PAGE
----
TORONTO, Ont. – Another big boy just got bigger in the Canadian LTL market.
Con-Way Canada Express has announced that it is expanding its operations into five more provinces as part of the company’s overall plan to build a more comprehensive service network in Canada.
Con-Way has actually operated in Canada for the past eight years, but provided service only in Ontario, Quebec and Manitoba. Following this latest expansion, the company will now service New Brunswick, Nova Scotia, Prince Edward Island, Saskatchewan and Alberta.
Ten company service centres will be added through the expansion, with sites in Calgary, Edmonton, Medicine Hat and Lethbridge in Alberta; Halifax and Truro, N.S.; Saint John, Moncton and Fredericton in New Brunswick; and Saskatoon.
Established just this past January with headquarters in Mississauga, Ont., Con-Way Canada Express is a subsidiary and operating unit of Ann Arbor, Mich.-based Con-Way Central Express (CCX).
Con-Way Canada Express general sales manager Mark Newby said that although the expansion of service would require CCX to add personnel, he didn’t think all the hiring would come in one wave. “As of today we have a number of service centers opening up,” he said. “We have (to fill) a variety of positions, from drivers to account executives to managers of those facilities, and we expect to continue to grow as the customers dictate.”
The motivation for the expansion was simple, says Newby: customer demand.
“There has been a request, a cry almost, from our customers, ‘when are you expanding?'” Newby said. “‘We have enjoyed your services here, they’ve given us a competitive advantage, at least in Ontario and Quebec. When are you going farther west?'”
Con-Way’s newest expansion of service is the largest geographic move taken at one time by the company since it first began entering the Canadian market in 1983. It will also add an additional time zone, the Atlantic, to the company’s schedule.
“We will be delivering customer freight over 800 miles (1,280 km) further west to Alberta and eight hours further east to Prince Edward Island,” said Richard Palazzo, president and chief executive officer of Con-Way Central Express. “Our east to west coverage within Canada will span over 2,800 miles (4,480 km) and we’ll bring four-day delivery between the major urban areas at both ends.”
Palazzo refused to be pinned to a number on the value of the investment. “I will say it is a significant investment in Canada, in Canadian employees, Canadian equipment. And I wouldn’t be wrong to say in the millions.”
In terms of reaching the Canadian marketplace, the move pushes CCX into 22 of the country’s 25 largest urban markets.
Customer demand for a more comprehensive service has been driven, in turn, by the red-hot North American economy. And given the fact the economy has been hot for some time, it is a wonder Con-Way waited to expand its reach in Canada until now, while other big U.S. LTL carriers like J.B. Hunt and Schneider National dove right in.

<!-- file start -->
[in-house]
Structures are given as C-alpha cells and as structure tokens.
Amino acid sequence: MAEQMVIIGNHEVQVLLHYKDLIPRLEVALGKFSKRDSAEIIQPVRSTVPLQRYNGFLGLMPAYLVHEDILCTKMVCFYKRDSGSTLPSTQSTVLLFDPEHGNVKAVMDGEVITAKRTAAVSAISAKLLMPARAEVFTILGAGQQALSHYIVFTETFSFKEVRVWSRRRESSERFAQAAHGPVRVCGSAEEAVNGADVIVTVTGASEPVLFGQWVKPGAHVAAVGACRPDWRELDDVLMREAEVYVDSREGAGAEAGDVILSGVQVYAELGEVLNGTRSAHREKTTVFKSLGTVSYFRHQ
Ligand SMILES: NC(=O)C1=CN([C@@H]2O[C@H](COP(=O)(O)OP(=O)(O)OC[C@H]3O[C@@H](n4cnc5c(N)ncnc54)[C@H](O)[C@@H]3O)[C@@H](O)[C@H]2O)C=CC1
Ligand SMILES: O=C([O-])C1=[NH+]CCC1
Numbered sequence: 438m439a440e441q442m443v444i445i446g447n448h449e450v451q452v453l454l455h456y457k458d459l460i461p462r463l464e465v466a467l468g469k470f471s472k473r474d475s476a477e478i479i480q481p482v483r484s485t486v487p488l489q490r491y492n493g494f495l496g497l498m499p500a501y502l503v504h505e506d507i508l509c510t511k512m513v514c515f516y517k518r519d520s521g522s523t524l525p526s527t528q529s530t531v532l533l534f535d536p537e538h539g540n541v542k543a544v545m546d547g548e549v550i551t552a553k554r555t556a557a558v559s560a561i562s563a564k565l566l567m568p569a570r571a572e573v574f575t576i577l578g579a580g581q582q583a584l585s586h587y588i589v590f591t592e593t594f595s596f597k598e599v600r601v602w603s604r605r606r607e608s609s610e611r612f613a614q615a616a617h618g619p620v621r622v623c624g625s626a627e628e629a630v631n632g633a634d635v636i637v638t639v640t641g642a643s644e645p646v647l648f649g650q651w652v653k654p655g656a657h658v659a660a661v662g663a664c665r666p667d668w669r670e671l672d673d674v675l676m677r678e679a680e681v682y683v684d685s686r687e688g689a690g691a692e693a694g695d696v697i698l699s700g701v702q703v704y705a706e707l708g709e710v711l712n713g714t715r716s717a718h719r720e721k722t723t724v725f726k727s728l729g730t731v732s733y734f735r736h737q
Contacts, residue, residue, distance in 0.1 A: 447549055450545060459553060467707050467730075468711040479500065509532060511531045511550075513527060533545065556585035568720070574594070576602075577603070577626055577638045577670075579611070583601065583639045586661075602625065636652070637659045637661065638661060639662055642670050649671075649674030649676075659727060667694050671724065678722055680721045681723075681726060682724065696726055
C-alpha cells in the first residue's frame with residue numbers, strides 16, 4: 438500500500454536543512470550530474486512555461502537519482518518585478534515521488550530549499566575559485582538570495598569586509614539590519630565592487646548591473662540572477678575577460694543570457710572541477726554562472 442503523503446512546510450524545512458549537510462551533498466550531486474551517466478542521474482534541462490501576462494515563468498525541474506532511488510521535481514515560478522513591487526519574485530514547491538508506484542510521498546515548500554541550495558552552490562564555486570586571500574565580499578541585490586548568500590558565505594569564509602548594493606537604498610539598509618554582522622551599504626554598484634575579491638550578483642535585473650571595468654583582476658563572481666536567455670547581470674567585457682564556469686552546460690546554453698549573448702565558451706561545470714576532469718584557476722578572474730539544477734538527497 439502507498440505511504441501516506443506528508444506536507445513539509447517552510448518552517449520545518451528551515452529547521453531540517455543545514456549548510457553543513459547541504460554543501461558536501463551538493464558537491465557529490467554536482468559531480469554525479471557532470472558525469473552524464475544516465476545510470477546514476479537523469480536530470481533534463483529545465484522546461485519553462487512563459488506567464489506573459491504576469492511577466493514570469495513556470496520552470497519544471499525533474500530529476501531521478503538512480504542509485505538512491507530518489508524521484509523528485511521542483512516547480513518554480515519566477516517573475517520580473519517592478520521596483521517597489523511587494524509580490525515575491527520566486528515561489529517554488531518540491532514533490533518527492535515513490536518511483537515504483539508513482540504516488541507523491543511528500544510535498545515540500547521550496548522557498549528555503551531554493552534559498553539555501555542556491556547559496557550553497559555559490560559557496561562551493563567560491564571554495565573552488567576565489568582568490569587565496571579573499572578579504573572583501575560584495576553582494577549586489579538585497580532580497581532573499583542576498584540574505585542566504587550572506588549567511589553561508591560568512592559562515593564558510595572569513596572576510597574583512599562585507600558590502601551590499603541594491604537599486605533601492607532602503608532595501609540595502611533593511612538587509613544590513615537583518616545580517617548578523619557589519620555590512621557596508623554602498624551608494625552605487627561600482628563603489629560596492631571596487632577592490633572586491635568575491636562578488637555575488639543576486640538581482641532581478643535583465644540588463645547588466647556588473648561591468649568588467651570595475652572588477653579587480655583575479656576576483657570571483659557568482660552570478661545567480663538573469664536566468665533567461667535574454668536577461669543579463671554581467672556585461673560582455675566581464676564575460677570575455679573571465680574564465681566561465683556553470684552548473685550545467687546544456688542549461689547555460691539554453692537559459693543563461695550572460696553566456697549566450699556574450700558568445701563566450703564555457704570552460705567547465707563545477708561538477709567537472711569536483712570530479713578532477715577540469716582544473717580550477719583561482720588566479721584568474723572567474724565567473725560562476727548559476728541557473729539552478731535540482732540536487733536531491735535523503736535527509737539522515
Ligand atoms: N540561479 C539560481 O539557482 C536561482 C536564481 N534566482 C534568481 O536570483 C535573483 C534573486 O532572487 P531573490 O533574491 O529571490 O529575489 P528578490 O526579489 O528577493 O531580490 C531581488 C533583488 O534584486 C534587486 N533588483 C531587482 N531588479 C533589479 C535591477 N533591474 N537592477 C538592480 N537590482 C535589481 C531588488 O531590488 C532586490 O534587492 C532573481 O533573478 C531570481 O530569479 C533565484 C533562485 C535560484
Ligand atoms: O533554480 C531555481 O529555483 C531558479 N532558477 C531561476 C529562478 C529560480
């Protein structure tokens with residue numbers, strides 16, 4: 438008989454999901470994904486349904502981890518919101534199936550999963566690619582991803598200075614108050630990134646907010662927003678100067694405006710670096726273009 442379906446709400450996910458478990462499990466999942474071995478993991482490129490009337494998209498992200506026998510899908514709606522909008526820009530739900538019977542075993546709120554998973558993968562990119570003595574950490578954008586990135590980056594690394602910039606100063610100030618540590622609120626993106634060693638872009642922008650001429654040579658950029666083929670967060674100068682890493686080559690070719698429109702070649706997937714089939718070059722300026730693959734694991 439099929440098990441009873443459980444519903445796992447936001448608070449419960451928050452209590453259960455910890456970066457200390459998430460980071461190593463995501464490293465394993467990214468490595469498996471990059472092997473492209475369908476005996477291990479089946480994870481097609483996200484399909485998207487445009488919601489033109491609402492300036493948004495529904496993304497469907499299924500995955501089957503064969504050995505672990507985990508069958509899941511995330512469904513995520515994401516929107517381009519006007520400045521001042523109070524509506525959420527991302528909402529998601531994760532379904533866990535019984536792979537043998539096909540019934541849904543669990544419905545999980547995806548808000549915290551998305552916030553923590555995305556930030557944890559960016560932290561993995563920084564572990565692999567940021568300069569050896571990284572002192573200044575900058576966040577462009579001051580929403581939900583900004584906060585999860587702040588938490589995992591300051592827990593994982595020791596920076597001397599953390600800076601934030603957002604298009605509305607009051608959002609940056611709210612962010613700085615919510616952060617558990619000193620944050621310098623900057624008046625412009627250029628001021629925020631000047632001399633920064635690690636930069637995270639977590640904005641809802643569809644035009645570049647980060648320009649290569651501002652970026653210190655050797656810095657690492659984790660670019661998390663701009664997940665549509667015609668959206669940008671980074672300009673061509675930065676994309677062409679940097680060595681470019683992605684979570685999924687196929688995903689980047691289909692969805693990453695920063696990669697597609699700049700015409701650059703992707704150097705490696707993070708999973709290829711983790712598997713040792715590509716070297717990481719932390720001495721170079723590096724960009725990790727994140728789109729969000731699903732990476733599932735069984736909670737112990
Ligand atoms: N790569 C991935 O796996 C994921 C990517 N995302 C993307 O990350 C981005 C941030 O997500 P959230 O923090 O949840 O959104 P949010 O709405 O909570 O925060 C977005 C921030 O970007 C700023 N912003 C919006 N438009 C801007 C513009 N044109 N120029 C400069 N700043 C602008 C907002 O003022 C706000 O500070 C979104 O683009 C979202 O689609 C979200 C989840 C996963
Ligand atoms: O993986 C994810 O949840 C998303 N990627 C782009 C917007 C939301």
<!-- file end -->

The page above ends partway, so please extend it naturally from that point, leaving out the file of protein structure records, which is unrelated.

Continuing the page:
“Rather than using terms like ‘wait’, I think we are just capitalizing on what we feel is the right time and the right expansion,” Newby said.
“There were a number of factors,” Palazzo added. “A big one was customer desire, customer request. Another big on was NAFTA. There has been a lot of sorting out of NAFTA in the last two years. And the growth in JIT (just-in-time delivery); JIT is a driver in our industry. When you look at those three things, that got us to where we are today.”
Con-Way Central Express is a component company of Con-Way Transportation Services, a $1.9-billion transportation company. Within the Con-Way group of companies are regional LTL carriers Con-Way Central Express, Con-Way Southern Express and Con-Way Western Express; Con-Way Truckload Services; Con-Way NOW, specializing in emergency shipment services; and Con-Way Integrated Services, a contract supply chain execution service provider.
Con-Way Transportation, in turn, is a subsidiary of Palo Alto, Ca.-based CNF, a $5.6-billion service with businesses in regional trucking, air freight, ocean freight, customs brokerage, global logistics management and trailer management.
Con-Way first established service centers in Ontario in 1992 in Toronto, London, Windsor, Niagara Falls and Ottawa. In 1996, the company added centers in Windsor, Hamilton, Barrie, and Ottawa in Ontario, and Montreal, Quebec City, Trois Rivieres and Sherbrooke in Quebec. In 1998, CCX added service centers in Winnipeg, Thunder Bay, Ont. and North Bay, Ont.
Con-Way operates a fleet of 1,500 company-owned Sterling trucks, all manufactured in St. Thomas, Ont. n
See story on page 10 n
Have your say
This is a moderated forum. Comments will no longer be published unless they are accompanied by a first and last name and a verifiable email address. (Today's Trucking will not publish or share the email address.) Profane language and content deemed to be libelous, racist, or threatening in nature will not be published under any circumstances.